If you violate a Department of Transportation drug or alcohol regulation, you will need to complete the return-to-duty process before being eligible to go back to work.
The regulation requires your employer to give you the names of qualified SAPs. (40.287) If your employer did not do that, you can suggest that your employer come to SAPlist.com and search for a SAP on your behalf.
Yes. The DOT requires that a qualified and trained SAP evaluate every employee with a DOT violation.
No. An employer cannot accept recommendations from anyone who is not a qualified SAP.
DOT does not specify who is responsible for the cost of SAP services. Some employers pay for them, or have arranged for SAP services to be covered by an Employee Assistance Program (EAP). But many employers require their employees to pay for SAP services. Your employer’s written policy should indicate whether they will pay, or if it’s your responsibility. If you’re not sure who will pay, ask your employer.
Cost varies by SAP, and our website policy does not allow SAPs to list their fees. To find out a SAP’s fees, contact the SAP directly. In some cases, your workplace’s Employee Assistance Program (EAP) may cover SAP fees. In other cases, you will need to pay. Ask your employer for details. Health insurance typically doesn’t cover SAP assessments or follow-up appointments.
Many SAPs require full payment for their services in advance. If you are not able to provide the money at the first visit, a SAP may choose to not start the evaluation. Some SAPs will require payment in cash, money order or certified check.
According to DOT rules, your employer has the right to specify the SAP that employees must use. The reason is that your employer is ultimately responsible for anything that a SAP may do (or not do) under federal law, and your employer could be fined or face other penalties and sanctions by DOT, even if you selected a SAP on your own.
The DOT requires you to go to a SAP for an evaluation. If the SAP determines that you require a treatment plan other than what you may have had in a treatment center, you will have to comply with the SAP’s recommendation before you can be considered for return to safety-sensitive functions in the transportation industry.
The regulations don’t allow you to provide safety-sensitive functions for another DOT employer until and unless you have successfully completed the return-to-duty process.
A future DOT-covered employer is required to obtain your drug and alcohol testing records from your former employers for the previous two years. Your former employer is required to report your violation, and if there is no SAP report regarding compliance, no employer is permitted to hire you. However, there is nothing preventing you from working for a non-DOT employer, in which case you don’t have to go through this SAP process. But if you change your mind in the next two years, and decide to go back to a safety-sensitive function in the transportation industry, you will first have to complete a SAP return-to-duty process.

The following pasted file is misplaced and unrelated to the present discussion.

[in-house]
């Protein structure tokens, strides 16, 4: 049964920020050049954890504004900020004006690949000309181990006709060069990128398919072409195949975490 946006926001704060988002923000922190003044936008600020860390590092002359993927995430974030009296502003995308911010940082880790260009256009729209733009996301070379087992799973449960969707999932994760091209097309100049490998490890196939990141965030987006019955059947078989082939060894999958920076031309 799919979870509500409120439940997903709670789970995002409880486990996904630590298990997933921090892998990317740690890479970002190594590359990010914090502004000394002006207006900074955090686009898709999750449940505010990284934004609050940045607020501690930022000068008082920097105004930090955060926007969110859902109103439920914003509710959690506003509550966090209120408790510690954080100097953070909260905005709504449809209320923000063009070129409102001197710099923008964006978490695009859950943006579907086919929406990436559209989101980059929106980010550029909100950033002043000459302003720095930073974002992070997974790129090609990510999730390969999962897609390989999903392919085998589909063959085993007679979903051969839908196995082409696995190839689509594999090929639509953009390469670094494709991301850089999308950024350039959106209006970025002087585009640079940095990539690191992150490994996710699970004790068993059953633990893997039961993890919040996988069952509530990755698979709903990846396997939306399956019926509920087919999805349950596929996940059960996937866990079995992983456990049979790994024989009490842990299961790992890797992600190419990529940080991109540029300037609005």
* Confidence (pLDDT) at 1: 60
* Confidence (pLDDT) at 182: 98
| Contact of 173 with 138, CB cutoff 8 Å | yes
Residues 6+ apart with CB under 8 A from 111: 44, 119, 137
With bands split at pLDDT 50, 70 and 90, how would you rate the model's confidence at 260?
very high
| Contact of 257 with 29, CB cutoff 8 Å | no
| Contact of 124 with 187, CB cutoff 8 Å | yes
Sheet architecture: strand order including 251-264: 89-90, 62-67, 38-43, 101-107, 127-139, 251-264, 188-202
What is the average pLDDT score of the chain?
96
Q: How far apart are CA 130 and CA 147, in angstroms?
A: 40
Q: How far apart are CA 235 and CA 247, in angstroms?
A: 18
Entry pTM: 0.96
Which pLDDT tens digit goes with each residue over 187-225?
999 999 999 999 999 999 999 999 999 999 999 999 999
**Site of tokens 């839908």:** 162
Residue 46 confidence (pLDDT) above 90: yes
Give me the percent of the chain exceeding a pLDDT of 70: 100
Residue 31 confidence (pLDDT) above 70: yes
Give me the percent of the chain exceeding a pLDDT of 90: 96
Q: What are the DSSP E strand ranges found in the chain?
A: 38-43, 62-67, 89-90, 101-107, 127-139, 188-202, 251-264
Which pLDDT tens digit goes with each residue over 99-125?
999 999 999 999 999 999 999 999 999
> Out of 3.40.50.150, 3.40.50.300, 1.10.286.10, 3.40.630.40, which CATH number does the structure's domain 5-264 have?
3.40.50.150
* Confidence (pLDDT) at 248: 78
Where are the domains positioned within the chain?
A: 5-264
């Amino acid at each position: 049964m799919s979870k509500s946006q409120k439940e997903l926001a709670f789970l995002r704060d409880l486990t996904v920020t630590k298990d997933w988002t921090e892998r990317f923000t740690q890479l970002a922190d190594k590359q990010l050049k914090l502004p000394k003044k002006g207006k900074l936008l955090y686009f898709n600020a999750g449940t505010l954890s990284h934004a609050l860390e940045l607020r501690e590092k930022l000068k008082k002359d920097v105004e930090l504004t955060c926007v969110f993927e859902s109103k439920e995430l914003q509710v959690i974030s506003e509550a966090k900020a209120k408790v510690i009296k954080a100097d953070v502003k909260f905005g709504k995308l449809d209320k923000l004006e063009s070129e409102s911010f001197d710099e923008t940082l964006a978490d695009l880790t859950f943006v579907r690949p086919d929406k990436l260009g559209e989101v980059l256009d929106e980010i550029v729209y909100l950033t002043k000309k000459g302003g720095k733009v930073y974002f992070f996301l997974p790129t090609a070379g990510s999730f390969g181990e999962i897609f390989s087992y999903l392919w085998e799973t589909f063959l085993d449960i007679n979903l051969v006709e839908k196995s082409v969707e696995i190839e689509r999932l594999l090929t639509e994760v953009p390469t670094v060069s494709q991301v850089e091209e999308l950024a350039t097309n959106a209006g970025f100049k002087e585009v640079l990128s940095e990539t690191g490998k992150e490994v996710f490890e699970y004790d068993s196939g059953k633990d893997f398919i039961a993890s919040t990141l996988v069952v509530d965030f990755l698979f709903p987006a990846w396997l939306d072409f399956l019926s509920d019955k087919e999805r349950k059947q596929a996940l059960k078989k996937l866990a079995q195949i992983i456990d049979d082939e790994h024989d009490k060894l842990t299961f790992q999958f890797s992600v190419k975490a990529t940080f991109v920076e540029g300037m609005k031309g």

Falsification of information is a serious offense. Because this is a federal law, you would be subject to fines and civil penalties. DOT will hold you responsible under civil penalties if you provide safety-sensitive functions when you know that you have a violation.
You have no alternative. You must either comply with the recommendation and find a way to pay for it, or find a different job outside of the transportation industry. DOT considers the SAP’s recommendation to be final. No one can change it.
No. You (or your employer) may believe the SAP’s recommendation is too tough. Or you may find that the recommendation is not covered by your insurance plan. The DOT rule is very clear about this: Once you have started an evaluation process with a SAP, you cannot seek the services of a different SAP. If you try to get a second opinion, you and your employer would be subject to DOT fines.
It depends on the treatment plan that your SAP proposes, and how well you comply with it. Typically, the process takes between a few weeks and a few months.
DOT requires that the follow-up testing schedule (when, how often, and how many years) remain confidential. Neither the SAP nor your employer is permitted to share this testing plan with you. All the tests will be unannounced. Your employer is subject to fines for any tests that are not conducted.
This is up to the employer. Some pay for follow-up testing and some share the cost with the employee being tested. But many employers require the employee to pay for all of those tests, as a consequence of having violated DOTs rules. It should be specified in your employer’s policy. If it isn’t, ask your employer for more information.
If you test positive again, you must go through the entire return-to-duty process again. This includes removal from safety-sensitive functions and a complete SAP evaluation. The SAP will again recommend treatment and/or education. Many employers terminate an employee for a second violation. If you are terminated and you want to apply for a safety-sensitive job with another DOT employer, you must first complete the SAP return-to-duty process.